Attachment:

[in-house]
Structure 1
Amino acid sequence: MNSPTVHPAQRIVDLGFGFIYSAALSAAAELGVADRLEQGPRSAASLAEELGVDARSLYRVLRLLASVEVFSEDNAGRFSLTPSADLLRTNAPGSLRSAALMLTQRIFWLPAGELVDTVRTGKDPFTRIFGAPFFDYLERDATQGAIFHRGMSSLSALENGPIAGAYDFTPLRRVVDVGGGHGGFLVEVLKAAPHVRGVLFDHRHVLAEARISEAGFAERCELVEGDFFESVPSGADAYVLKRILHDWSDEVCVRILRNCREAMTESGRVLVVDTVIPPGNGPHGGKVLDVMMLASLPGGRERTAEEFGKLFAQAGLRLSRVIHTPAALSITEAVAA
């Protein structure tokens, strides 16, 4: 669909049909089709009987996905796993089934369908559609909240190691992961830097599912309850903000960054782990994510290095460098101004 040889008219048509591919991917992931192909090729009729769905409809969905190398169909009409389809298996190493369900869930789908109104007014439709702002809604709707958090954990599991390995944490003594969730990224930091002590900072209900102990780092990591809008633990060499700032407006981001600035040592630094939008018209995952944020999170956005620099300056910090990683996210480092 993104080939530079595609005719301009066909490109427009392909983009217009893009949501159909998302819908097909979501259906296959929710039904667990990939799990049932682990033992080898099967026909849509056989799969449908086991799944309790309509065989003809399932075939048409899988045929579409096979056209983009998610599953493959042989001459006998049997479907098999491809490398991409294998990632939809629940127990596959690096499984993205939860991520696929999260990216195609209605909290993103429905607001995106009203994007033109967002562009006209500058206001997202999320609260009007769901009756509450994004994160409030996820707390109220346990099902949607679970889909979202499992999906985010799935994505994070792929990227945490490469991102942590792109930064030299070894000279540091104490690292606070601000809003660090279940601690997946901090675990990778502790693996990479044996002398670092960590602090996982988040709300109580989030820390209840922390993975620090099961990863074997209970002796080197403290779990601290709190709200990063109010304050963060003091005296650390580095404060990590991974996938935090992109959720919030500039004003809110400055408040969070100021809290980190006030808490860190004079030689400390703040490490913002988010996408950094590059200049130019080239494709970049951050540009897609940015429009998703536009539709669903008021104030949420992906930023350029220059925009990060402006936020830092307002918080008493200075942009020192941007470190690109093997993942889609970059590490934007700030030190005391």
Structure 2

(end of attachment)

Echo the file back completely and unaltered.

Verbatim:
[in-house]
Structure 1
Amino acid sequence: MNSPTVHPAQRIVDLGFGFIYSAALSAAAELGVADRLEQGPRSAASLAEELGVDARSLYRVLRLLASVEVFSEDNAGRFSLTPSADLLRTNAPGSLRSAALMLTQRIFWLPAGELVDTVRTGKDPFTRIFGAPFFDYLERDATQGAIFHRGMSSLSALENGPIAGAYDFTPLRRVVDVGGGHGGFLVEVLKAAPHVRGVLFDHRHVLAEARISEAGFAERCELVEGDFFESVPSGADAYVLKRILHDWSDEVCVRILRNCREAMTESGRVLVVDTVIPPGNGPHGGKVLDVMMLASLPGGRERTAEEFGKLFAQAGLRLSRVIHTPAALSITEAVAA
């Protein structure tokens, strides 16, 4: 669909049909089709009987996905796993089934369908559609909240190691992961830097599912309850903000960054782990994510290095460098101004 040889008219048509591919991917992931192909090729009729769905409809969905190398169909009409389809298996190493369900869930789908109104007014439709702002809604709707958090954990599991390995944490003594969730990224930091002590900072209900102990780092990591809008633990060499700032407006981001600035040592630094939008018209995952944020999170956005620099300056910090990683996210480092 993104080939530079595609005719301009066909490109427009392909983009217009893009949501159909998302819908097909979501259906296959929710039904667990990939799990049932682990033992080898099967026909849509056989799969449908086991799944309790309509065989003809399932075939048409899988045929579409096979056209983009998610599953493959042989001459006998049997479907098999491809490398991409294998990632939809629940127990596959690096499984993205939860991520696929999260990216195609209605909290993103429905607001995106009203994007033109967002562009006209500058206001997202999320609260009007769901009756509450994004994160409030996820707390109220346990099902949607679970889909979202499992999906985010799935994505994070792929990227945490490469991102942590792109930064030299070894000279540091104490690292606070601000809003660090279940601690997946901090675990990778502790693996990479044996002398670092960590602090996982988040709300109580989030820390209840922390993975620090099961990863074997209970002796080197403290779990601290709190709200990063109010304050963060003091005296650390580095404060990590991974996938935090992109959720919030500039004003809110400055408040969070100021809290980190006030808490860190004079030689400390703040490490913002988010996408950094590059200049130019080239494709970049951050540009897609940015429009998703536009539709669903008021104030949420992906930023350029220059925009990060402006936020830092307002918080008493200075942009020192941007470190690109093997993942889609970059590490934007700030030190005391």
Structure 2